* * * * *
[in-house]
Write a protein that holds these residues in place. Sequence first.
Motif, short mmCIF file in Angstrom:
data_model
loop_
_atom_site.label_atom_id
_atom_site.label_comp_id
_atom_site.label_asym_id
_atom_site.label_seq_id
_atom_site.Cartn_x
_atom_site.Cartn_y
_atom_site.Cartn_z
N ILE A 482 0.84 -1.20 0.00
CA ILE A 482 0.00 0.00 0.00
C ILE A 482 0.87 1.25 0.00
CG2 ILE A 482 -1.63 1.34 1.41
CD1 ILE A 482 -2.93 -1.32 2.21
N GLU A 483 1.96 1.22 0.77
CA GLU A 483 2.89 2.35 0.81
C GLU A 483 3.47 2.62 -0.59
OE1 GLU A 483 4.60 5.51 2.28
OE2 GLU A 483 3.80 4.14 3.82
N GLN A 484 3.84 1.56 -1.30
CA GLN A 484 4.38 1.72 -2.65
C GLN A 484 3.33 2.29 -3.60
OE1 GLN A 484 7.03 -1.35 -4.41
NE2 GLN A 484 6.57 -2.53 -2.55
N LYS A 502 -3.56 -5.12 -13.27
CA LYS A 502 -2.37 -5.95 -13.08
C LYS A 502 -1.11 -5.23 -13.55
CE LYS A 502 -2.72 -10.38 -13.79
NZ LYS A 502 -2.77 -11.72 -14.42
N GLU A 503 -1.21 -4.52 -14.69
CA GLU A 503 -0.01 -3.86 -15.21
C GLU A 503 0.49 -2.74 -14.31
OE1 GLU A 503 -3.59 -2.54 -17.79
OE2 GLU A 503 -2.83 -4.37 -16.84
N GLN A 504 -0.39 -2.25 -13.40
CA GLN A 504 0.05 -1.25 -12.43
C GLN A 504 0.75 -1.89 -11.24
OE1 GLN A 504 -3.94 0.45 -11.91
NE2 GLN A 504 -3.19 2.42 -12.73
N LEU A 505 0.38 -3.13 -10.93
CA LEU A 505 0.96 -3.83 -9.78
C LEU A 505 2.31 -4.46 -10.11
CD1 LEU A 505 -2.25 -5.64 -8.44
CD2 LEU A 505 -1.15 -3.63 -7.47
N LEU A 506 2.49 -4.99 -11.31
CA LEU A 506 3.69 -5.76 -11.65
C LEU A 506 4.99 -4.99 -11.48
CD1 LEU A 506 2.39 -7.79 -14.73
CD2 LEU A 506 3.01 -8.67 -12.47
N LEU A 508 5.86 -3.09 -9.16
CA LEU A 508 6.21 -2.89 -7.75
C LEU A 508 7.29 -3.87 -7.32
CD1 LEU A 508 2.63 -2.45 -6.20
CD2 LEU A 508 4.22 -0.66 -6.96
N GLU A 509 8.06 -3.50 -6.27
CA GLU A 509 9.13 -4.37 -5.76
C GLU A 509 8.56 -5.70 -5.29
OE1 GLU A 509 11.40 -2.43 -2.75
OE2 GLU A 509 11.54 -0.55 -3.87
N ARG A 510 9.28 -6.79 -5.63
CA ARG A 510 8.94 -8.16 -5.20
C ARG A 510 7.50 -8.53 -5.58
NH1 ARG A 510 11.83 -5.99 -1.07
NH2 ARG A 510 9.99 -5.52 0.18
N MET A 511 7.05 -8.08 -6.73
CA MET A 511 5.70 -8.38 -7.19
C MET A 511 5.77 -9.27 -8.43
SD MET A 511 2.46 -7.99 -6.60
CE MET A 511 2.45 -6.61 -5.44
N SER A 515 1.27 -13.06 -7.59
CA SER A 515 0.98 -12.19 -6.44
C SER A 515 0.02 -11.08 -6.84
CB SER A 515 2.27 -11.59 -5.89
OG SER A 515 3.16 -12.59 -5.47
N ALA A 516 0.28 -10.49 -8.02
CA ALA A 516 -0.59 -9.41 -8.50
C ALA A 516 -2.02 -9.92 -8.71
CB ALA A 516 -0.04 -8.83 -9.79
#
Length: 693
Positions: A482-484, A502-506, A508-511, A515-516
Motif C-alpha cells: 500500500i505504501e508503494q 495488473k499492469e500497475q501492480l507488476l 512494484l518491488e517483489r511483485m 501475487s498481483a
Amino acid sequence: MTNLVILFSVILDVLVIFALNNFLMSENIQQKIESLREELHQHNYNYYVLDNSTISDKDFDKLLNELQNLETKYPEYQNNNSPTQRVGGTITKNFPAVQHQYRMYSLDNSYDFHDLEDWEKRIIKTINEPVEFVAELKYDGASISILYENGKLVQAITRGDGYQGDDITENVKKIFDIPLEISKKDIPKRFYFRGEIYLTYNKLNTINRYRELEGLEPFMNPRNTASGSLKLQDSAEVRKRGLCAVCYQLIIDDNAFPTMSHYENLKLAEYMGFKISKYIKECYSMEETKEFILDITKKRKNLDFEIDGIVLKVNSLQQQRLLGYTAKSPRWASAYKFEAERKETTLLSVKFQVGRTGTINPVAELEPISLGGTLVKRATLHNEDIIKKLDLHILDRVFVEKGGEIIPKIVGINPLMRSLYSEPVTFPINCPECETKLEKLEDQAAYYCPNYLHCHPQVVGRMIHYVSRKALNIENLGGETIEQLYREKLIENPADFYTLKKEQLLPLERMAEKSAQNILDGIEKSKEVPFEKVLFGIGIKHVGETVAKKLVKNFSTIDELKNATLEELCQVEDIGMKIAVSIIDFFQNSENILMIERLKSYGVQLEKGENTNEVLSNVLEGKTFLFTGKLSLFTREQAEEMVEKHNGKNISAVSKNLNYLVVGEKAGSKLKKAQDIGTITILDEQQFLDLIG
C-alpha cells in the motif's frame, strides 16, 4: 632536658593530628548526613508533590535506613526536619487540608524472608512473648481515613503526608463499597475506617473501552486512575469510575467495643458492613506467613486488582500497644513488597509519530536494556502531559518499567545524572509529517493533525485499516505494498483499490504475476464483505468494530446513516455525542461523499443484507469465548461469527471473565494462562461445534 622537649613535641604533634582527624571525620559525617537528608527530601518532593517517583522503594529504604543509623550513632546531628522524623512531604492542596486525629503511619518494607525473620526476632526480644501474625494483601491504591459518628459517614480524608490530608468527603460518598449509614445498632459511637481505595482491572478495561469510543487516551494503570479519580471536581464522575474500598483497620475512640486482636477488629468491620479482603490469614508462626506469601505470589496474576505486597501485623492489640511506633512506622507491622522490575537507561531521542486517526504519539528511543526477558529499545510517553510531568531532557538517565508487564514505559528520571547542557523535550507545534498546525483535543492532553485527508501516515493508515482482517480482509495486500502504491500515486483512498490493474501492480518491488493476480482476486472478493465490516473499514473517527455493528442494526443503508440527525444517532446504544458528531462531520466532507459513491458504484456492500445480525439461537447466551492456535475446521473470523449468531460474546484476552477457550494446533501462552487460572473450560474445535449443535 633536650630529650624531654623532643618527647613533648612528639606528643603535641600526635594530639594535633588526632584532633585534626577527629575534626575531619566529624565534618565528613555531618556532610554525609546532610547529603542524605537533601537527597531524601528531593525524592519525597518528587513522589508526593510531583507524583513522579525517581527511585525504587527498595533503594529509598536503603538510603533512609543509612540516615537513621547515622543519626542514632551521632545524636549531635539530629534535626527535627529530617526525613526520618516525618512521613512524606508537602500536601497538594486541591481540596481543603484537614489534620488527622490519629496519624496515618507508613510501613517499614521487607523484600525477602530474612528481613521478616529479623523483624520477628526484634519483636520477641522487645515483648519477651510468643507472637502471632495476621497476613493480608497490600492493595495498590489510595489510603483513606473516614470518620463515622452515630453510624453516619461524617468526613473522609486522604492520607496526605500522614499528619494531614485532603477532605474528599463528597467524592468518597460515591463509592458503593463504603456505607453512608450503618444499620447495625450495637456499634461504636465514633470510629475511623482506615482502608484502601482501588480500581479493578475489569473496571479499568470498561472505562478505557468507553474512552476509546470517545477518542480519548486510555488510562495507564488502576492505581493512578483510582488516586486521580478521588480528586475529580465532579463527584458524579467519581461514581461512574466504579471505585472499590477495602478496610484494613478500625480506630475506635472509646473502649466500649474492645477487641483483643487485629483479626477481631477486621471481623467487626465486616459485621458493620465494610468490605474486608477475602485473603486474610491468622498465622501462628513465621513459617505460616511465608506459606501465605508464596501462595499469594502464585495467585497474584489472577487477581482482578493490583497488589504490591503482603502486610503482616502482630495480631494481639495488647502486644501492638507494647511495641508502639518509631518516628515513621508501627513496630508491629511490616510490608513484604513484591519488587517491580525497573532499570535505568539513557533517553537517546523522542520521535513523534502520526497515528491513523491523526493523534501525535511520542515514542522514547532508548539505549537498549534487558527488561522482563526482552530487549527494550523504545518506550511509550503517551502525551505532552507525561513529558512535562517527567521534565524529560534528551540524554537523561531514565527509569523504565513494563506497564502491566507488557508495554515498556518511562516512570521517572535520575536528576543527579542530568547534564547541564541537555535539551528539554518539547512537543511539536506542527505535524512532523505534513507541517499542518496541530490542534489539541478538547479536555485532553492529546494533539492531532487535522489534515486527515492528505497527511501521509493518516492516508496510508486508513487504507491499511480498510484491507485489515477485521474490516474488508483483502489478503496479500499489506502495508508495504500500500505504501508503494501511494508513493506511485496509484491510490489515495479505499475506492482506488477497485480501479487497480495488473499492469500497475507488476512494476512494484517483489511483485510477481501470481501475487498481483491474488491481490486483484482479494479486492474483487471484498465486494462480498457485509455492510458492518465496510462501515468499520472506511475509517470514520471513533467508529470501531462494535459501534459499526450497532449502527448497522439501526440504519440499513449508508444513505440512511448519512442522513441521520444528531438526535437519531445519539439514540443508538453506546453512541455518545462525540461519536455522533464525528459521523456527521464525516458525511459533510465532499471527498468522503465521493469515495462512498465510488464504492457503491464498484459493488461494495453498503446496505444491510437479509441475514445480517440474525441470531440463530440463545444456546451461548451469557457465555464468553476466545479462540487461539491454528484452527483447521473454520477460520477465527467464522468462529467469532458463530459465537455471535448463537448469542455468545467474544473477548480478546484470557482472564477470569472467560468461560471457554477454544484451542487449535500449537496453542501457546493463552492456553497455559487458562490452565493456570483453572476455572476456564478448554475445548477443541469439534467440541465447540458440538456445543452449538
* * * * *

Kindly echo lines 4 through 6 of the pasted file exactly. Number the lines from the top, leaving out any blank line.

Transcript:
data_model
loop_
_atom_site.label_atom_id